Shibata ‘… It’s felt long, yeah. I think this conflict I have with New Japan is still going on. Last March I said that I wanted to fight here, but I’m not a cog in the New Japan machine. There’s still a part of me that’s opposed to the company.’
— Last March you signed your contract with New Japan saying ‘there have been too many goodbyes this year. I’m not going to leave’. That said, you still have a mentality of you versus New Japan.
Shibata ‘I do. My stance hasn’t changed. I think it’s that stance that brought me to this point. Without it I wouldn’t make it to the start line.’
–So is the IWGP title of big importance to you, given that anti New Japan view?
Shibata ‘It comes along with it ultimately. And Okada being champion now as he was three years ago, it’s all come together. If someone else had that belt I wouldn’t be able to make good on that promise. laughs’
–You seized your opportunity.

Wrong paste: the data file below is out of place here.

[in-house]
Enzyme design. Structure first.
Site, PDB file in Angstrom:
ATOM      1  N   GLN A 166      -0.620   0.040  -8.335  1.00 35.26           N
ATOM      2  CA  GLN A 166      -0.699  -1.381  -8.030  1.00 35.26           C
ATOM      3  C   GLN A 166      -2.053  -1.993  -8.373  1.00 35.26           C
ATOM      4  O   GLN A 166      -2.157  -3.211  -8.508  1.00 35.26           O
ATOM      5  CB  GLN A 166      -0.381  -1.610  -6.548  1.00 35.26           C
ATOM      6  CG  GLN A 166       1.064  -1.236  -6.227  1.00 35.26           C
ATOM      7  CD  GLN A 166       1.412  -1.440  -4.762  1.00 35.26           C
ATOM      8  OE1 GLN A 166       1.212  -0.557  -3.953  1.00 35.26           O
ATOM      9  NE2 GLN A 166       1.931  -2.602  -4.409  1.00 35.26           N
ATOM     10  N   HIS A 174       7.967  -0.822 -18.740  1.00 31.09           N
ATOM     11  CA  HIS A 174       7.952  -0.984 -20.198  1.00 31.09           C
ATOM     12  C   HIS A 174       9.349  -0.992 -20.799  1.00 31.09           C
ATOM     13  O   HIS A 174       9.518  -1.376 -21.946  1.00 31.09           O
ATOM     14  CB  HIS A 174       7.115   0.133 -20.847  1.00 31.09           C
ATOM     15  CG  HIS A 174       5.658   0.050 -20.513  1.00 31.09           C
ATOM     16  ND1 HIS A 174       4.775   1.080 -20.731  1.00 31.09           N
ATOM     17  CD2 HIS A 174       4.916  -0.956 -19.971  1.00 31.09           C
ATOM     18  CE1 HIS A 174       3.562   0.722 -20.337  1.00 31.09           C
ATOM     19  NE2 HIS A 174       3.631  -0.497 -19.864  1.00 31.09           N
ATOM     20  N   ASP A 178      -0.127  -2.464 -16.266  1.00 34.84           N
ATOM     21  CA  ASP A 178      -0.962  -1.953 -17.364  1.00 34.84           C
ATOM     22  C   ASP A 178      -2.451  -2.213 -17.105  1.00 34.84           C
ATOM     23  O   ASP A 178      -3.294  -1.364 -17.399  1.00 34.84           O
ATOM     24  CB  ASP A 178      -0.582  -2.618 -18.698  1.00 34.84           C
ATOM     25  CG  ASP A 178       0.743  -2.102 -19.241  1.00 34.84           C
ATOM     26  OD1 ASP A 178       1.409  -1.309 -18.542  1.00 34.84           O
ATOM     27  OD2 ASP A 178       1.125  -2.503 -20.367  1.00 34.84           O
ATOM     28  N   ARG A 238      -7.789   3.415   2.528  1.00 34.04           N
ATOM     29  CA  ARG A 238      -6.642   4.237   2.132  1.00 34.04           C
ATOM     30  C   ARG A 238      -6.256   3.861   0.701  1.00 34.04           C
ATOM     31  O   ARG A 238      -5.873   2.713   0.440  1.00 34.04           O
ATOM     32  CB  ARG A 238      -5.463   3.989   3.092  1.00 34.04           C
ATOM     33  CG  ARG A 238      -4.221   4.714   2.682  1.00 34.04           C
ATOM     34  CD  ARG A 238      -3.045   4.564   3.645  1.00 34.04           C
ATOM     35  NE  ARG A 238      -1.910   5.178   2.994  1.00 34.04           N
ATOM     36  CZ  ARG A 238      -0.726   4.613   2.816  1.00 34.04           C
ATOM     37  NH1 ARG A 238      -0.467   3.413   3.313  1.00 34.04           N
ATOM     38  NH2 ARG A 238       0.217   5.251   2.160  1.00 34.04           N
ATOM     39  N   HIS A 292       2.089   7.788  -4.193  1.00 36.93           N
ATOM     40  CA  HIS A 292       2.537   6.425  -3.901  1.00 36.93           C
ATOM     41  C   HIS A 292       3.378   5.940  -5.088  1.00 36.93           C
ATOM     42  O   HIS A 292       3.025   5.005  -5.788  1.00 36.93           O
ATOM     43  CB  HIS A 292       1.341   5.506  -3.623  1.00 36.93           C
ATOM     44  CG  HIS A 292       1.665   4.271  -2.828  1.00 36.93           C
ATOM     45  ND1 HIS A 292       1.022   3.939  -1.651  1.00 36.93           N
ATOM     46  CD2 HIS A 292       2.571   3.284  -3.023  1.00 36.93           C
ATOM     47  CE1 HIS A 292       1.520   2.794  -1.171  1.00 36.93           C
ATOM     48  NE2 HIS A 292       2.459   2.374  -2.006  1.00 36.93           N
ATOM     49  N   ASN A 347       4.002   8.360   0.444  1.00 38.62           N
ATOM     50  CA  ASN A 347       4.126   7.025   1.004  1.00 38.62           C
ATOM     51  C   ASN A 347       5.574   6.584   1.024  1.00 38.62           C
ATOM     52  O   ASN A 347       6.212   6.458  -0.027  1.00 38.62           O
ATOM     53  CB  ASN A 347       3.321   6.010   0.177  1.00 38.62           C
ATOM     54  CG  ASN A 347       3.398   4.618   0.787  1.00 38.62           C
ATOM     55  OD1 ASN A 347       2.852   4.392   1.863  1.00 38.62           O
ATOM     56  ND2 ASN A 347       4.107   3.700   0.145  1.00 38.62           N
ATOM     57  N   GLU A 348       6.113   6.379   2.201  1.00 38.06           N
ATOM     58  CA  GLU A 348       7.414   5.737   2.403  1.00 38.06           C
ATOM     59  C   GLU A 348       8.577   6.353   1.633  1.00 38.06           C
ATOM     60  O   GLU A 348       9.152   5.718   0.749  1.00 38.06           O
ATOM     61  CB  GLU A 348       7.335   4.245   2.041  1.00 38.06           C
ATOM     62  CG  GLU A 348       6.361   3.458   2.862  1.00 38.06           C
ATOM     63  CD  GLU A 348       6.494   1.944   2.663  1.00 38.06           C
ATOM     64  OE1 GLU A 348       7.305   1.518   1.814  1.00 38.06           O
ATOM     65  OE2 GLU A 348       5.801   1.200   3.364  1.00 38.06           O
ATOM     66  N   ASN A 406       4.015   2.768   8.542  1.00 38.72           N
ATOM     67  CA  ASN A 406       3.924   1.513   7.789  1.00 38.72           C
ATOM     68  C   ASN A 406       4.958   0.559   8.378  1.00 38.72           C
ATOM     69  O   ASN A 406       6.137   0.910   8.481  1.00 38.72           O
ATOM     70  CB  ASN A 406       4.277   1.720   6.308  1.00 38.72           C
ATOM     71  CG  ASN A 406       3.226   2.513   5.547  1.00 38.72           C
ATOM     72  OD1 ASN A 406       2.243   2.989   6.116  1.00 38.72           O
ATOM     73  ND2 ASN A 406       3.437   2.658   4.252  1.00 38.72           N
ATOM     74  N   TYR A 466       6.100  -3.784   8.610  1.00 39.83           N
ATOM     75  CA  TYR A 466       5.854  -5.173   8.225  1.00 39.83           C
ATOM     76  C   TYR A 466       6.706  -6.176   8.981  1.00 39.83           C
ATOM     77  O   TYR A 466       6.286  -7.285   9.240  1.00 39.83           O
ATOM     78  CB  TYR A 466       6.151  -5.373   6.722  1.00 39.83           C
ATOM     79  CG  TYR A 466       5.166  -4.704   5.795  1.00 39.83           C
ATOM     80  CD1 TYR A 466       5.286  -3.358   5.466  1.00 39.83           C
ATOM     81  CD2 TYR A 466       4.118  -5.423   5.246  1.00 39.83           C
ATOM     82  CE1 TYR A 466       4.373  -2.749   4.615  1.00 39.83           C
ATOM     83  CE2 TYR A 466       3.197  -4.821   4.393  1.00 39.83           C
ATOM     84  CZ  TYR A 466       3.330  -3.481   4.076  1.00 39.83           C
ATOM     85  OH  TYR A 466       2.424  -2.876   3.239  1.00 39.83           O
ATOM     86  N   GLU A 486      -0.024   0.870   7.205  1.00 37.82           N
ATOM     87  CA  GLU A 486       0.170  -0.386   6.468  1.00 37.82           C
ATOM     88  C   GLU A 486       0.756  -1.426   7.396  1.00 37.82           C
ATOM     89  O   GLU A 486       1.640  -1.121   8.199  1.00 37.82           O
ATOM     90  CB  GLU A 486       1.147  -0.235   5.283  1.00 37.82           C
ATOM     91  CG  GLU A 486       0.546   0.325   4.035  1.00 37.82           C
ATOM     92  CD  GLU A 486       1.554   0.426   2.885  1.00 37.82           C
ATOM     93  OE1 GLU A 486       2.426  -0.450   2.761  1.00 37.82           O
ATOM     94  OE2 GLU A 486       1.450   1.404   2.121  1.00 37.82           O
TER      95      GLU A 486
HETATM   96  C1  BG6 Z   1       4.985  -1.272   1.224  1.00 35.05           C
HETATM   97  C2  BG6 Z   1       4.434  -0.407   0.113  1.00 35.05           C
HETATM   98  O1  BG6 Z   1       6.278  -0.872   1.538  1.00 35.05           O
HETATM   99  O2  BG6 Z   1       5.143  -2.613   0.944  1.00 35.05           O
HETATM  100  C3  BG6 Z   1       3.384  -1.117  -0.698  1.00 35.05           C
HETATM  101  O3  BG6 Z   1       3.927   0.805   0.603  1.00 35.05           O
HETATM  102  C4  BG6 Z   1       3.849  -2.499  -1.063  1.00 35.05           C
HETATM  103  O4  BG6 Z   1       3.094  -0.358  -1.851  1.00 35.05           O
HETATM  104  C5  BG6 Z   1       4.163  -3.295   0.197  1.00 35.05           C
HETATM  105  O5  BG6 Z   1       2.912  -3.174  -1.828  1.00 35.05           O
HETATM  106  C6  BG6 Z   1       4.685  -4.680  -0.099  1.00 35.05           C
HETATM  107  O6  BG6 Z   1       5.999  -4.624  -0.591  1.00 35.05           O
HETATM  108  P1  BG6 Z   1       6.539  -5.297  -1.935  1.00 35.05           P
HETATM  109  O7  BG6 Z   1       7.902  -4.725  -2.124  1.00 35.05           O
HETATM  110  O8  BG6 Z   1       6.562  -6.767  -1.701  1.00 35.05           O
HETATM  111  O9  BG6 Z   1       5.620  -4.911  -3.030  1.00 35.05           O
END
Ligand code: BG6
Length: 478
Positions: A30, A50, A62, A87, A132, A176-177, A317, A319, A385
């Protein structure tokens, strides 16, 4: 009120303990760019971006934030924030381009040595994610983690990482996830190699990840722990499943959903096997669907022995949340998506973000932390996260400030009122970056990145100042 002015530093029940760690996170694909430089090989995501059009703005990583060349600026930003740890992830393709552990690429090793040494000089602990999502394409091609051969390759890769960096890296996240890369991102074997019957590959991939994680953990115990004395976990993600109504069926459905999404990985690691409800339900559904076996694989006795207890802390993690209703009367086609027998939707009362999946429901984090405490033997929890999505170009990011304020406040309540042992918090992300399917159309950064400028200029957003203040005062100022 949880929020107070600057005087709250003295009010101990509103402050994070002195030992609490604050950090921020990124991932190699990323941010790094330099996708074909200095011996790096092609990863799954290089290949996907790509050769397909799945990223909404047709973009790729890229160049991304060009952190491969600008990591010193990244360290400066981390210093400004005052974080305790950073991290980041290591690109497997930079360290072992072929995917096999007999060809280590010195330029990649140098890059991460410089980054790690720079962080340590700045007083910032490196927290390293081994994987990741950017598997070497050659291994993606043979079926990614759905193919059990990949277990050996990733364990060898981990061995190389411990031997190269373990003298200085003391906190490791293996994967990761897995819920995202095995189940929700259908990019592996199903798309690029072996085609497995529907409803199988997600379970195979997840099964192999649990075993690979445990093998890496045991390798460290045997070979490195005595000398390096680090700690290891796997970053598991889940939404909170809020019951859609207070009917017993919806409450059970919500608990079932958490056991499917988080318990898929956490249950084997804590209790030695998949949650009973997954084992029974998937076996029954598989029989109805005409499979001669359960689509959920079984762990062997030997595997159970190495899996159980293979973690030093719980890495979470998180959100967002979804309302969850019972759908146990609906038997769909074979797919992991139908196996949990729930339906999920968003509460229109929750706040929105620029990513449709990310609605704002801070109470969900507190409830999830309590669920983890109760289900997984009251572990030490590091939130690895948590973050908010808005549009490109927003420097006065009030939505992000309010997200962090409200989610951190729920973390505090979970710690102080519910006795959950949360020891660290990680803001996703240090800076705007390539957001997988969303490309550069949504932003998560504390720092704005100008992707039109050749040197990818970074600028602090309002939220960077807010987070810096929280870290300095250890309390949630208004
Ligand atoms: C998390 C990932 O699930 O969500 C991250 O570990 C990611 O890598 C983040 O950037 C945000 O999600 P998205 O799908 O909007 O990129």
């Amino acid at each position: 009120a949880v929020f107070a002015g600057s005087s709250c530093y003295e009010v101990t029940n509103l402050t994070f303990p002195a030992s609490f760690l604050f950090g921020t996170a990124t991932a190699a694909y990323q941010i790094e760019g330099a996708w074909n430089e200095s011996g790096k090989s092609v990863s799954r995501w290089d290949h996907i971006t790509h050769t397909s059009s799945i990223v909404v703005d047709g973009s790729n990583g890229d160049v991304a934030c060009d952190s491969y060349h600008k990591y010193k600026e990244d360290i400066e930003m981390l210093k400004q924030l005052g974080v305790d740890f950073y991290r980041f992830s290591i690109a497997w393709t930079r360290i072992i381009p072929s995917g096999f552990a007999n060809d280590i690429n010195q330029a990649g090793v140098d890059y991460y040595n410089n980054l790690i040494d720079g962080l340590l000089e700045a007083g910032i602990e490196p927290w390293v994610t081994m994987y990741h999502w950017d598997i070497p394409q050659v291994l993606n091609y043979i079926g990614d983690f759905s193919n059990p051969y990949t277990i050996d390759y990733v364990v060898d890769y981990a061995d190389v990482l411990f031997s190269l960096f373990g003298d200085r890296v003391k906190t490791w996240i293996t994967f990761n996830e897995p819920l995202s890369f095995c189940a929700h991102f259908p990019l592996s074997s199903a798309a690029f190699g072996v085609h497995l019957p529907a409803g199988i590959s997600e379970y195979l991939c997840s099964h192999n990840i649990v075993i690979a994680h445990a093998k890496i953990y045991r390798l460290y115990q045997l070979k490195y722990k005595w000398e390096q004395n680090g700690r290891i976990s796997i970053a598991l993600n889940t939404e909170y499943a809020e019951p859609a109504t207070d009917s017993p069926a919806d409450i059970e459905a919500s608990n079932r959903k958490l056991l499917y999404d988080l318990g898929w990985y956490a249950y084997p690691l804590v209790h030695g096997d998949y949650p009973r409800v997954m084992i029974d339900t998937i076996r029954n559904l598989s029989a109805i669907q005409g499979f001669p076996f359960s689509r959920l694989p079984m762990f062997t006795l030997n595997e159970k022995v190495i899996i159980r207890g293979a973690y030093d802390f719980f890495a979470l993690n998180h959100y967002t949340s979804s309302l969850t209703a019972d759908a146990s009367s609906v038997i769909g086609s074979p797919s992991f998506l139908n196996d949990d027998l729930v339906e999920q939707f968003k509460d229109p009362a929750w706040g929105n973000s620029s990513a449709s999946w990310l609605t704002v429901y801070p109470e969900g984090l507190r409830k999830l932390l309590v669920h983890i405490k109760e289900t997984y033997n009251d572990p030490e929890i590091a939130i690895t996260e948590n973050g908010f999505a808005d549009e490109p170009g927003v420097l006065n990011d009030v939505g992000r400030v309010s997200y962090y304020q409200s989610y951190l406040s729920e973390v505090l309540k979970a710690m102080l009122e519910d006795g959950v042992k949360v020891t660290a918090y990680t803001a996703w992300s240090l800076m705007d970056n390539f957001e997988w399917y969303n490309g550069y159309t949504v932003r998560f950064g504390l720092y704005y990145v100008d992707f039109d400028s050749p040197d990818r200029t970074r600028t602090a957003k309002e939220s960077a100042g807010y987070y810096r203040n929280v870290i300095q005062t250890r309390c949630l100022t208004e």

Shibata ‘It took a while, but I did what he challenged me to do. And then on the other hand, Minoru Suzuki came back and he did get his shot just by standing across from him and calling him out. You might think “why couldn’t you tell him what you told me?” but then maybe it’s because I am who I am that he said it.’
‘I watched that last match with Okada back, and said to myself “That isn’t what I want to do”’
— But with things as they are in New Japan, with such a competitive space and everything being so fluid, it’s extremely rare for a match to be three years in the making.
Shibata ‘Or it’s all reasoning I was able to piece together, heh. I’ve only been in a few tags with Okada so there hasn’t been the chance for us to touch.’
— You just had the one singles match in the 2013 G1 Climax.
Shibata ‘That video is out there, so after I won the NJC, I went home and watched it back.’
— And what did you think?
Shibata ‘Ah, Okada was young! Laughs. I was a lot more brash. But I said to myself “that isn’t what I want to do”.’
— It was a different kind of match to the one you want to have now?
Shibata ‘Yeah. I mean, last year, I defended the NEVER title, I wrestled abroad a lot, and that formed who I am today. Okada is a different guy from three years ago as well. So I want this to be a match between the two of us in the present.’